June 6, 1918-May 31, 2019
Gordon Russell Shuck Jr. died peacefully in his sleep at the Eastern Montana Veterans Home in Glendive, Montana on May 31st, 2019 just six days shy of his 101st birthday.
Dr. Shuck was born in Oakland, California June 6th, 1918 to parents Mary Watson Shuck and Gordon Russell Shuck Sr. He grew up in Seattle where his father, Gordon Russell Shuck, Sr. taught Electrical Engineering at the University of Washington. Dr. Shuck graduated from Lincoln High School in Seattle in 1936 and earned three degrees from the University of Washington, bachelor’s and master’s degrees in Chemical Engineering and a Ph. D. in Chemistry. He played clarinet for the Husky band, including playing for the 1937 Rose Bowl and the Tournament of Roses Parade.
On September 10th, 1948 he married the love of his life, Olive May Andrews, a former World War Two Navy W.A.V.E., in Cincinnati, Ohio while working for Proctor and Gamble as a research chemist. Deciding on a career in teaching he did his post doc at USC in Los Angeles and in 1951 began teaching Chemistry at the University of Montana in Missoula where he taught until 1956. He then moved to Fresno, California, teaching in the Chemistry department at Fresno State until 1961. At that point he decided to fulfill a long-term dream and become a cowboy. He left his academic career and bought a ranch in Winthrop, Washington where he ran 300 head of cattle, learning how to ranch from reading magazines. After seven years of ranching, he decided to return to teaching and finished his career in Butte at Montana Tech, teaching from 1967 until his retirement in 1978. He and his wife bought a smaller farm in Whitehall, Montana in 1971 where they raised and sold hay until 2001 when they moved to Cracker Box Road, Glendive, Montana to be next to his son, Gordon Russell Shuck III.
Dr. Shuck pursued a variety of interests. After his retirement from Tech, he took up his clarinet again and played for the Ore Digger Pep Band and for the Butte and Bozeman Symphonies. He especially enjoyed playing clarinet with his granddaughters. He played tournament level chess with his son “Andy” (John) throughout Montana, Idaho, Washington, and California. In 1982 he went to the Soviet Union with other chess enthusiasts on a cultural exchange and peacemaking mission. He built a dark room and took up photography and was a member of the Butte Camera Club. He also loved playing handball and built a regulation-sized handball/racquetball court on his farm in Whitehall. Their home was a lively center of attraction for children, grandchildren, extended family, and friends.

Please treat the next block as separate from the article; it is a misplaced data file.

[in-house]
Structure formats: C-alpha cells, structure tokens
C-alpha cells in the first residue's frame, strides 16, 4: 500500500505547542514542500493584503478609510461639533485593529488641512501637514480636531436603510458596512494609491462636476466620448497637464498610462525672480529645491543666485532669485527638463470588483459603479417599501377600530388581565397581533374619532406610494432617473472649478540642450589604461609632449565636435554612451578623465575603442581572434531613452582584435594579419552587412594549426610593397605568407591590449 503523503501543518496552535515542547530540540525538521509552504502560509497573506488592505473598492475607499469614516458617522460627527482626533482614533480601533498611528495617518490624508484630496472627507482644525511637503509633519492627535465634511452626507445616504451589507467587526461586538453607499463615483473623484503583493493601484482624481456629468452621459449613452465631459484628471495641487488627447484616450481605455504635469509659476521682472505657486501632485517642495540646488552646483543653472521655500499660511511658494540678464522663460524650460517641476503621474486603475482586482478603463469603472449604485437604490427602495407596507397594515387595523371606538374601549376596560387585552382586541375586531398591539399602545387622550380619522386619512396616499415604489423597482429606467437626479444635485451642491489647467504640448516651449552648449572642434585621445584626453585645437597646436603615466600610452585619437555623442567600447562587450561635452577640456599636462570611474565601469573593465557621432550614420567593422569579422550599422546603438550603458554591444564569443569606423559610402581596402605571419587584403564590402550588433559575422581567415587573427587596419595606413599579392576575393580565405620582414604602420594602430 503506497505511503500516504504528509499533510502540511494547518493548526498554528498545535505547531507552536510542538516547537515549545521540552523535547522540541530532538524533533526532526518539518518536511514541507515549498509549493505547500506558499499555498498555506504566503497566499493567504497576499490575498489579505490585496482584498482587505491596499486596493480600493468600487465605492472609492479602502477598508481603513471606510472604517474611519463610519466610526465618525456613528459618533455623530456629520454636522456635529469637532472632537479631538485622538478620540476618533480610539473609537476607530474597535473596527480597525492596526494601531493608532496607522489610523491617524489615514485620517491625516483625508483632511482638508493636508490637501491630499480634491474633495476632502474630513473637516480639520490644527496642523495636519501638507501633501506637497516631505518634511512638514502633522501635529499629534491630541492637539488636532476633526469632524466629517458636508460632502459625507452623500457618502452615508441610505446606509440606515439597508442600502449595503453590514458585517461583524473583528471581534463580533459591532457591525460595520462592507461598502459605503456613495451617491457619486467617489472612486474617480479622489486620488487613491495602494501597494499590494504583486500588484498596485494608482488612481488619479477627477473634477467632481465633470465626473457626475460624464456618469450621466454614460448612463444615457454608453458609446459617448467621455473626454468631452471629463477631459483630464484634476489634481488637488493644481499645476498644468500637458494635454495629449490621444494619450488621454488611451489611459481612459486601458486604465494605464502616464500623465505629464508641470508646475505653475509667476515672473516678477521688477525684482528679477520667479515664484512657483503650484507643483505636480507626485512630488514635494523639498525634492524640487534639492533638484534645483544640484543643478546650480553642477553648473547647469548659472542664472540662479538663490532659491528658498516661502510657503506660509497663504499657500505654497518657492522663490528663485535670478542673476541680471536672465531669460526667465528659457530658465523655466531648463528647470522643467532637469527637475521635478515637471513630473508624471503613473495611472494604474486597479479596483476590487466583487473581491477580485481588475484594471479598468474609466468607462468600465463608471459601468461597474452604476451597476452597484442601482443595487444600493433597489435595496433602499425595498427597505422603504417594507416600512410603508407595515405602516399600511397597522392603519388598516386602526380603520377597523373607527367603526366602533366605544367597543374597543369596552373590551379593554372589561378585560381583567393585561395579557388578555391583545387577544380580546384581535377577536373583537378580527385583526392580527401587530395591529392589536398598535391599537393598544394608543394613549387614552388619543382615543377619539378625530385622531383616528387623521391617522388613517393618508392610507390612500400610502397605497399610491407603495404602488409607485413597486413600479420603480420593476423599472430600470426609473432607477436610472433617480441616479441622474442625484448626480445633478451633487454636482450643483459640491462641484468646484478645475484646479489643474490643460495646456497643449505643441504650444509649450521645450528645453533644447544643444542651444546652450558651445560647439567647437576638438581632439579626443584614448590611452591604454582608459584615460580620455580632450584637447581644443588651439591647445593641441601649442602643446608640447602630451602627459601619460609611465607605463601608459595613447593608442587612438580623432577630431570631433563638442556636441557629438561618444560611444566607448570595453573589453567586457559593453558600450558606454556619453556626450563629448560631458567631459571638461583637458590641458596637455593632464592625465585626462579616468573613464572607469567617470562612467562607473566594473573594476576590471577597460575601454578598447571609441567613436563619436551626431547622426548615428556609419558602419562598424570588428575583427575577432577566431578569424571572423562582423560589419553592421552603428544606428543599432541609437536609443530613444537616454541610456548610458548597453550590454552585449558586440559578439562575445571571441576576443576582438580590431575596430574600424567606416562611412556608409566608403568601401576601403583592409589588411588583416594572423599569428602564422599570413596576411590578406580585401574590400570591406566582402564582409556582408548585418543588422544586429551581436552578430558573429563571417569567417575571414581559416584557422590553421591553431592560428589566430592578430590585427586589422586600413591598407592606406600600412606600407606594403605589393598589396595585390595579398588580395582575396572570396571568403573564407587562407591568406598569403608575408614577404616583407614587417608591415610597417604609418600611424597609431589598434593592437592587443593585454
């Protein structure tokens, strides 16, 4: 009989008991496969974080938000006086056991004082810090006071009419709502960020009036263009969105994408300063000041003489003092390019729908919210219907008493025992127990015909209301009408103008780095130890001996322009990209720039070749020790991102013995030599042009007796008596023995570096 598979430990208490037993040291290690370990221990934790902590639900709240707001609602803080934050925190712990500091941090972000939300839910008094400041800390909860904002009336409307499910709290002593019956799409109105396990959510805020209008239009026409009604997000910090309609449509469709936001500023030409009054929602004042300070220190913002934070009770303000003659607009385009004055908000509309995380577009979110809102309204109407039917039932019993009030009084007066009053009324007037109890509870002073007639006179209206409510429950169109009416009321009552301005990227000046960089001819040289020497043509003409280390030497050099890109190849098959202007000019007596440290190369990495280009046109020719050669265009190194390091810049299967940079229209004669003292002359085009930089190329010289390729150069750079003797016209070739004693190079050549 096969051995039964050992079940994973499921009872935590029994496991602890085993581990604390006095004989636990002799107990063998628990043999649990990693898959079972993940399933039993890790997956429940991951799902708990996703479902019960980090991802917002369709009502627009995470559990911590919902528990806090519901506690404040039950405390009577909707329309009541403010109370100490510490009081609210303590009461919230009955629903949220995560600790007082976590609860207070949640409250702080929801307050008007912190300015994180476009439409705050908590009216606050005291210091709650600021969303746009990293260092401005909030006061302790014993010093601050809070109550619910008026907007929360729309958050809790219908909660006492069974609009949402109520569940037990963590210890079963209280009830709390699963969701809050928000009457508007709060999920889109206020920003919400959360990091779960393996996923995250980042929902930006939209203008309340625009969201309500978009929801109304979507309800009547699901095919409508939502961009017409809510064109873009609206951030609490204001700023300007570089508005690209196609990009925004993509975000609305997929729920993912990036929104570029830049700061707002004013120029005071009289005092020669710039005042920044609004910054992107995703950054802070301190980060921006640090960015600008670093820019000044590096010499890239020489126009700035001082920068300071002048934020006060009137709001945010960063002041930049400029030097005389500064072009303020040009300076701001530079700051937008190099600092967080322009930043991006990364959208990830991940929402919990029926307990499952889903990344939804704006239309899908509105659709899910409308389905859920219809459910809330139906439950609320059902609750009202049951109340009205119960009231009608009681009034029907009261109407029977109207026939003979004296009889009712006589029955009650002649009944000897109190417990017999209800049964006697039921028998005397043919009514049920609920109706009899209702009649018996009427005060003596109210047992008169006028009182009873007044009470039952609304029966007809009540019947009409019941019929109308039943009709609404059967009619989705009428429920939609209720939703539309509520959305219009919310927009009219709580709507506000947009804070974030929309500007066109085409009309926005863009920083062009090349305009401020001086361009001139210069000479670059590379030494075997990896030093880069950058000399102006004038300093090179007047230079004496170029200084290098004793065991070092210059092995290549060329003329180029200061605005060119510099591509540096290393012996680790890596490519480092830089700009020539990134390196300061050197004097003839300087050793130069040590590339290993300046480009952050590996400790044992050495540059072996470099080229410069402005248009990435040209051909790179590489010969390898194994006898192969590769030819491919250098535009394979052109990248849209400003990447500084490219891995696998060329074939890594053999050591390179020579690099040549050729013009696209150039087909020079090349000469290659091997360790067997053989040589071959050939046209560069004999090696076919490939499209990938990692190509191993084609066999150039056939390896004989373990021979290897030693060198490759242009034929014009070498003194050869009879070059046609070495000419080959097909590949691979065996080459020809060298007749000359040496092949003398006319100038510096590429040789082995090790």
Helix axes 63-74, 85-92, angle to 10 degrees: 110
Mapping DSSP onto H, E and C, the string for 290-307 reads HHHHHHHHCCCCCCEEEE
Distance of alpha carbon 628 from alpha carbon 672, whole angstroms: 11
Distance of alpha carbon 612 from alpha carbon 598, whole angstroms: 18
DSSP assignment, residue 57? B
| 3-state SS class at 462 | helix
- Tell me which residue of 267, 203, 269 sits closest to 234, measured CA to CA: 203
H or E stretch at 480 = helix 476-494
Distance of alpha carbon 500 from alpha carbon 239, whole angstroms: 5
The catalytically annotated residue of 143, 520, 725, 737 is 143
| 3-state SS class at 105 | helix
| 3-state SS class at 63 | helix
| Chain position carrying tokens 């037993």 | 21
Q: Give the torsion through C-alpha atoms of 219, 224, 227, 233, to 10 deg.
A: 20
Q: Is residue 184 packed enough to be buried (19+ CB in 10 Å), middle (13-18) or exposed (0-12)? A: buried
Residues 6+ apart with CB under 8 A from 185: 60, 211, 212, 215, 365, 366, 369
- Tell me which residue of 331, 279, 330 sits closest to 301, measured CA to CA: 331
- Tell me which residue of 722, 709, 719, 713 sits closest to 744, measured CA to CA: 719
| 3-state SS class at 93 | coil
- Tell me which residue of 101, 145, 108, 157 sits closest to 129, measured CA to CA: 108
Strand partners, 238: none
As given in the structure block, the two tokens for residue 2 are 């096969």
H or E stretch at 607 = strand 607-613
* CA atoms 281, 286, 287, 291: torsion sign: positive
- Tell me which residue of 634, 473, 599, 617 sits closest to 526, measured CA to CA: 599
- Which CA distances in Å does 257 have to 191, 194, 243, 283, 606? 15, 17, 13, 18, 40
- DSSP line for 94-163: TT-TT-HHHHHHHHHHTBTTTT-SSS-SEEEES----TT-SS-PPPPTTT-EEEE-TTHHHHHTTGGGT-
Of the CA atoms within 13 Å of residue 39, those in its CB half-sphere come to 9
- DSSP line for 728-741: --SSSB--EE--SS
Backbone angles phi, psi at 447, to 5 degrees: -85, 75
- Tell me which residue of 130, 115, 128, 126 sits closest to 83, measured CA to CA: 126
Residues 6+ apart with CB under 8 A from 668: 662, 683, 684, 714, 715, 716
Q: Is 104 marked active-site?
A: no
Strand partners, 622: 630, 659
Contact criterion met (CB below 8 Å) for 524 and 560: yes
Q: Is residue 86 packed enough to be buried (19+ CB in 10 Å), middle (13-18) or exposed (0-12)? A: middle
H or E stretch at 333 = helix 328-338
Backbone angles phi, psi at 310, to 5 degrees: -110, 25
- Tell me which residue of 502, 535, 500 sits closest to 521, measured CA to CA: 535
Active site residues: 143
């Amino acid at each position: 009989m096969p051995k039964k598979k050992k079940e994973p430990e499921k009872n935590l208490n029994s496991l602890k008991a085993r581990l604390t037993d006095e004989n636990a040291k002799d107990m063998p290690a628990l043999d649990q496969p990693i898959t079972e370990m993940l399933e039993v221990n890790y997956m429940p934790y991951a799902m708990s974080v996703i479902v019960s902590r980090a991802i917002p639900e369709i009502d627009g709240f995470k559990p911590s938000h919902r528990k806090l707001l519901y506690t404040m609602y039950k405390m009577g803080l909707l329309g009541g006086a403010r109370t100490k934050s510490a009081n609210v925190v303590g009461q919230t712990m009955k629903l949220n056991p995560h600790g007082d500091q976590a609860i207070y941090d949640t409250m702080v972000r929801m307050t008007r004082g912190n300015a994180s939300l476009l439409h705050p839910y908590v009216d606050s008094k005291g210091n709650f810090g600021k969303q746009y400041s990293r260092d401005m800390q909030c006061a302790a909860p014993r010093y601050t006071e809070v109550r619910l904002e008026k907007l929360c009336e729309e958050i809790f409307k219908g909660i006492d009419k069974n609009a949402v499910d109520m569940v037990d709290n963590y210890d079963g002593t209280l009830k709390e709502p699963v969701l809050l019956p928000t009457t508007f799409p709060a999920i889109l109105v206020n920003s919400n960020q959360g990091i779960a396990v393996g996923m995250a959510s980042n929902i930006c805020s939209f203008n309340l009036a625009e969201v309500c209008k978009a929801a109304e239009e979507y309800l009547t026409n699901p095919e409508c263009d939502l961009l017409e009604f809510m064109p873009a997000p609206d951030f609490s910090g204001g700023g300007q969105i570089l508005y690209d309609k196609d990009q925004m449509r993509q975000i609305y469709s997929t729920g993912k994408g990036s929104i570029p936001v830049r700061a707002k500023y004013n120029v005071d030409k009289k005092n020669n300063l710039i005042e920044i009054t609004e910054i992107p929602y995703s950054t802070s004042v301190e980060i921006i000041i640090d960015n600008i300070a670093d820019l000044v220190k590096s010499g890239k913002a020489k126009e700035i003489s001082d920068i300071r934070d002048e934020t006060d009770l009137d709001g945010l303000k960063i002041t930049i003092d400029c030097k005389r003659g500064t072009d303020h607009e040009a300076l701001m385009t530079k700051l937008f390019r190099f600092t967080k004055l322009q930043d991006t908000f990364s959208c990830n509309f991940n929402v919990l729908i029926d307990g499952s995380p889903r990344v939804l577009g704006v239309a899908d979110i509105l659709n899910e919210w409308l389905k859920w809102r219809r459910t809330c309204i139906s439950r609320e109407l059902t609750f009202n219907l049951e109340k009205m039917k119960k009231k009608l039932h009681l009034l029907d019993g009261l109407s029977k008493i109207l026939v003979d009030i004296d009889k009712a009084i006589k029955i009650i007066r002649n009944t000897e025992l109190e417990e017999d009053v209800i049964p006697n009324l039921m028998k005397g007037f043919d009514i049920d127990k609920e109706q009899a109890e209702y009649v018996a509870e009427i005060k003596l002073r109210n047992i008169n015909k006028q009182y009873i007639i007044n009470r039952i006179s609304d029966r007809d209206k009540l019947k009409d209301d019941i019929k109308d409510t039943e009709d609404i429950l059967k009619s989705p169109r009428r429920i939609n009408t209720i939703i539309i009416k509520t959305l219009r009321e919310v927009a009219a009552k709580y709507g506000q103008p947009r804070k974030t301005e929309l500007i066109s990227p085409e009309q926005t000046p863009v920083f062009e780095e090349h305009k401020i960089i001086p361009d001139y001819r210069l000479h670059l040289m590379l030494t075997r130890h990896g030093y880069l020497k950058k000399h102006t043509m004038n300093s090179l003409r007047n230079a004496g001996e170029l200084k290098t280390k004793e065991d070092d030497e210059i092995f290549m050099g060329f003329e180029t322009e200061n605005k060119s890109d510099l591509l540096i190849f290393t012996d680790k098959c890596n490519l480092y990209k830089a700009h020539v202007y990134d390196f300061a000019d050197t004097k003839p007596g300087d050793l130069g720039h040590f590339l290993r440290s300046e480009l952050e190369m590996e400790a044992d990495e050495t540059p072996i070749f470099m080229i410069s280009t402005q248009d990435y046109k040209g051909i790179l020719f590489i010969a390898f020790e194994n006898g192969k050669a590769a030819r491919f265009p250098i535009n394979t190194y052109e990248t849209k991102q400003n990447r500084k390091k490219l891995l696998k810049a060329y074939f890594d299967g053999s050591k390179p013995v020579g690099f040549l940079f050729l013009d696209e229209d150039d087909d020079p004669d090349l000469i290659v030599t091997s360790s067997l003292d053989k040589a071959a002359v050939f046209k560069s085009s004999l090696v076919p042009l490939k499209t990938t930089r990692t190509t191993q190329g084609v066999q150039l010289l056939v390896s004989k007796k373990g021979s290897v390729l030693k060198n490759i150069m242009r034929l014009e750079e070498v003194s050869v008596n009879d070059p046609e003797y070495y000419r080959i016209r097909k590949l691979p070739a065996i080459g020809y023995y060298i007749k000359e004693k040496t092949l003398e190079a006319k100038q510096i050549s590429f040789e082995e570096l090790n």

Dr. Shuck kept body, mind, and spirit active his whole life. He played clarinet for his church and the nursing home in Glendive well into his 90s. He also taught chess to residents of Watch East. He was an avid reader keeping up with magazines such as Chemical and Engineering News, Scientific American, Chess Life, and Time. He also enjoyed reading science fiction and mysteries.
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He was active with his wife in the Jefferson Valley Baptist Church in Whitehall, the Cardwell Community Church, and West Side Baptist Church in Glendive.
In addition to the many interests above he also loved his dogs, playing poker, laughter, good whiskey, and living in Montana.
Dr. Shuck was preceded in death by his wife of 67 years, Olive May Andrews Shuck, who died August 25th, 2015 and a grandson, Zachary Andrew Shuck. He is survived by his daughter, Molly (Ken) Doersch of Sandy Hook, Connecticut, son Gordon (Vickey) of Glendive, Montana, and John “Andy” (Bev) Shuck, of Portland Oregon. Surviving grandchildren include Lisa (Joel) Shortlidge of Derry, New Hampshire, Craig (Anne) Doersch, of Sandy Hook, Connecticut, Julianne (Tom) Werner, of Tallahassee, Florida, MaryAnn (Tige) Vester, of Glendive, Montana, Janelle (Ken) Schafer, of Elizabethtown, Kentucky, and Katy (Amber) Shuck of Johnson City, Tennessee. He also leaves eleven great-grandchildren.
Gordon Russell Shuck is an example of a life well-lived. He pursued his dreams and did what he wanted. He lived with vigor, loved much, laughed often, and died after 100 trips around the sun. What more could anyone ask?
Funeral services will be held at the West Side Baptist Church in Glendive at 10 a.m. Saturday, June 8, 2019.